Alright! On to day 2!
We awoke the next morning at our hotel in Frackville (yes, that's really the name of the town) to a cloudy, rainy morning. For those unfamiliar with the bumblefucktucky region of Eastern Pennsylvania, Frackville is lcoated off of I-81 near Mahanoy Cityand most importantly NOWHERE F*CKING NEAR KNOEBELS. Why were we staying in Frackville? Because the Covered Bridge Festival fills every single hotel in the region to capacity so the only options left are places like Comfort Suites in Sunbury that jack their prices up from about $85 a night to over $250 a night that weekend because they're dicks.
Because of this, the closest Choice Hotel (because there's no way I was staying anywhere else with the promotion I brought up here going on
) that wasn't completely gouging was an Econo Lodge 45 minutes from the park. The hotel was pretty much sh*t. It had weird motion sensors that turned lights on and off throughout the night (Brit was convinced it was haunted) so I ended up unplugging every lamp in the place so we could actually sleep but when you're trying to stay near Knoebels on Covered Bridge weekend you can't expect much without shelling out hundreds of dollars so I guess we couldn't complain too much.
I know Knoebels has a campground, but I'd rather die than go camping. True story: I used to be a Boy Scout and 3 weeks in we went tent camping on a 10 degree night in upstate New York and it was f*cking miserable. I quit scouts the day we got home. Never f*cking again. I don't work 5 days a week to sleep in the f*cking woods, much less in a tent next to a bunch of coaster enthusiasts where I would (presumably) have to listen to them discuss whether or not Twister was getting rough or complain about how the "Schmeck Seat (which I guess is a thing?!?!?!)" was roped off on Phoenix for a portion of the day while I was trying to sleep. I know Econo Lodge sucks, but it's better then camping. Literally everything is better than camping.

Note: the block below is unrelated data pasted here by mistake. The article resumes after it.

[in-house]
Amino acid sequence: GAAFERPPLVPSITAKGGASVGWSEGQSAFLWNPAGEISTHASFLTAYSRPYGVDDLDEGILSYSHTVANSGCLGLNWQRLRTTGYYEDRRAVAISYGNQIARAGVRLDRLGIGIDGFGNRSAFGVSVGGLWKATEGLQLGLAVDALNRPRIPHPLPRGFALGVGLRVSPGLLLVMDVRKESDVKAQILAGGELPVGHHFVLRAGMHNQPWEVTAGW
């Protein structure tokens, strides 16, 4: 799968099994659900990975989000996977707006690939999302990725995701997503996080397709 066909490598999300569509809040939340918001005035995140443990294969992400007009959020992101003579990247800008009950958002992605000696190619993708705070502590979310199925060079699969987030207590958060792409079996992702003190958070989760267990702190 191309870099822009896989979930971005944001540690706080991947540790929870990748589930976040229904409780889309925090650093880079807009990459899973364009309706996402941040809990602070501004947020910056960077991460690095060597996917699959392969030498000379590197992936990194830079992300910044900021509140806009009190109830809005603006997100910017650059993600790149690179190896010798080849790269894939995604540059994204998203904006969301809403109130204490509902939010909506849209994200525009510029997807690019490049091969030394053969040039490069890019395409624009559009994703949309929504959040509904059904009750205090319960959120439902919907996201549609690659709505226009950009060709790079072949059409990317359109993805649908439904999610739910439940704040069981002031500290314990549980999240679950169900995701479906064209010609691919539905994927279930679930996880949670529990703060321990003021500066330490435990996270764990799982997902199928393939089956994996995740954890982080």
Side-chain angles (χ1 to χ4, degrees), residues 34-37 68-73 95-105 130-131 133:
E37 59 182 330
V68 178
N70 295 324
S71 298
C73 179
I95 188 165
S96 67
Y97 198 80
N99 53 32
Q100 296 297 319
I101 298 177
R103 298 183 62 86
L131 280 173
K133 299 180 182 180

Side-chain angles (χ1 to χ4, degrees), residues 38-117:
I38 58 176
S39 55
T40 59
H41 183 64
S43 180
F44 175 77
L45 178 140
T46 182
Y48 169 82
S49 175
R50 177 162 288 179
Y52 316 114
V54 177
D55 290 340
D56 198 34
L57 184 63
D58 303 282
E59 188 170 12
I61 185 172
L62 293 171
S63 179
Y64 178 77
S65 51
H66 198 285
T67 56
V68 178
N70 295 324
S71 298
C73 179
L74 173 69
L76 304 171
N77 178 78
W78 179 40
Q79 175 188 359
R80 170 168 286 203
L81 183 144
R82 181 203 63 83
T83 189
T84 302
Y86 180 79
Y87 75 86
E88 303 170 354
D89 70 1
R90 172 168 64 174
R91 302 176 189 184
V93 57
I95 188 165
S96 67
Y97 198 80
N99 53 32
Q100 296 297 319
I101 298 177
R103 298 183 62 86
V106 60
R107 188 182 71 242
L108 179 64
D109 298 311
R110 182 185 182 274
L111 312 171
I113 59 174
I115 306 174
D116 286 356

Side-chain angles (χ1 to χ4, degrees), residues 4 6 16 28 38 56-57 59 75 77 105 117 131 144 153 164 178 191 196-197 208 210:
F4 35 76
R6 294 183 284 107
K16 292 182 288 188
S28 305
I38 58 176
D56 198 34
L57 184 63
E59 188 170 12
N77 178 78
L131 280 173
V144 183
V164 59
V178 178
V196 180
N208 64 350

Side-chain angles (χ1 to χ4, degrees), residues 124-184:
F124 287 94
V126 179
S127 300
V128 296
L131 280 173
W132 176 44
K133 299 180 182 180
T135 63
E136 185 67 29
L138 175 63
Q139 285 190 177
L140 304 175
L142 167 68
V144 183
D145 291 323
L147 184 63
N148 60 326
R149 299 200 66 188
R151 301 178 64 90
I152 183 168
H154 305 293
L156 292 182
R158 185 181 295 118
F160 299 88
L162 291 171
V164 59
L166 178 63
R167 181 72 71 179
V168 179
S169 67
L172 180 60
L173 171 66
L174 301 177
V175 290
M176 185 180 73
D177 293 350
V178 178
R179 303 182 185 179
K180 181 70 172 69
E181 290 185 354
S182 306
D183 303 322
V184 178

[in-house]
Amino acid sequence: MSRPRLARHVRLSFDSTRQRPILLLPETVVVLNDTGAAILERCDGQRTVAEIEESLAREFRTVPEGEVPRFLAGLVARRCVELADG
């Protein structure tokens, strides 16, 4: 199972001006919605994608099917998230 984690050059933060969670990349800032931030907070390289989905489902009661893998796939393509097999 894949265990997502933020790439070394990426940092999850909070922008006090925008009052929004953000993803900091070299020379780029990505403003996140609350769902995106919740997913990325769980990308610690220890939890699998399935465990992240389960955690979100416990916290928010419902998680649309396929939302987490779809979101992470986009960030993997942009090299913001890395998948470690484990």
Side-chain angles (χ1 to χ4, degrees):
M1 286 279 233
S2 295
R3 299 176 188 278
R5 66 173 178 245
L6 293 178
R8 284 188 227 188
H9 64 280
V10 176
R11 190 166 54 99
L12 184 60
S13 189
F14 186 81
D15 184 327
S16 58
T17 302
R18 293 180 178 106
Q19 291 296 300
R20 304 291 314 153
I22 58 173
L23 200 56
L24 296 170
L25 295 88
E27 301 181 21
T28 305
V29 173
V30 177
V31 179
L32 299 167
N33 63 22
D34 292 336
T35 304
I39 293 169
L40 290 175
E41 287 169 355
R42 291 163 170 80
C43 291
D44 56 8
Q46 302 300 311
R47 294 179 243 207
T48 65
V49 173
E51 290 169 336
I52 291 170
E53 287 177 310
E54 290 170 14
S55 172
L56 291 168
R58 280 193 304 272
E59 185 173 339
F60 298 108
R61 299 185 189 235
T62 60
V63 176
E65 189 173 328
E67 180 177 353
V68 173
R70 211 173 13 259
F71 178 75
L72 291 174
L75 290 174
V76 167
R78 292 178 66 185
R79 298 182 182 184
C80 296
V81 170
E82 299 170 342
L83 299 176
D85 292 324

Anyway, the rain was sort of a bummer but we knew it was a possibility and we also knew the forecast called for it to clear up early on so we weren't too concerned. Thankfully it seemed to have scared people away as we pulled into the lot around 9AM without any backups whatsoever. Holy crap! You don't see that very often at the Covered Bridge festival. Best of all, by the time we pulled into the lot the rain had completely stopped.
The park didn't open for about 3 hours but the festival was in full swing which is why we got there so early. I'm not really a craft fair guy, but it's always fun to spend a few hours at the Covered Bridge Festival. We have a habit of spending way too much money there as they actually do have some pretty cool stuff but we were on our best behavior this year, spending most of our money on dips from the dip lady (If you've ever been, you understand), marinades and just general Knoebels food like Tri-Taters.
We spent the next few hours browsing, eating and shopping. The Covered Bridge festival is probably more of a Brit thing than a me thing, but I still enjoy it quite a bit. There's plenty of food tents (with tons of free samples) and tents that appeal to guys to keep me entertained while she's browsing around sh*t I don't care about like jewelry made from walnuts, $80 Himalayan salt lamps that don't work and clothes. Plus with all of the talented and creative vendors you do occasionally come across something so artistically brilliant and masterfully crafted that even I can't help but be in awe of it.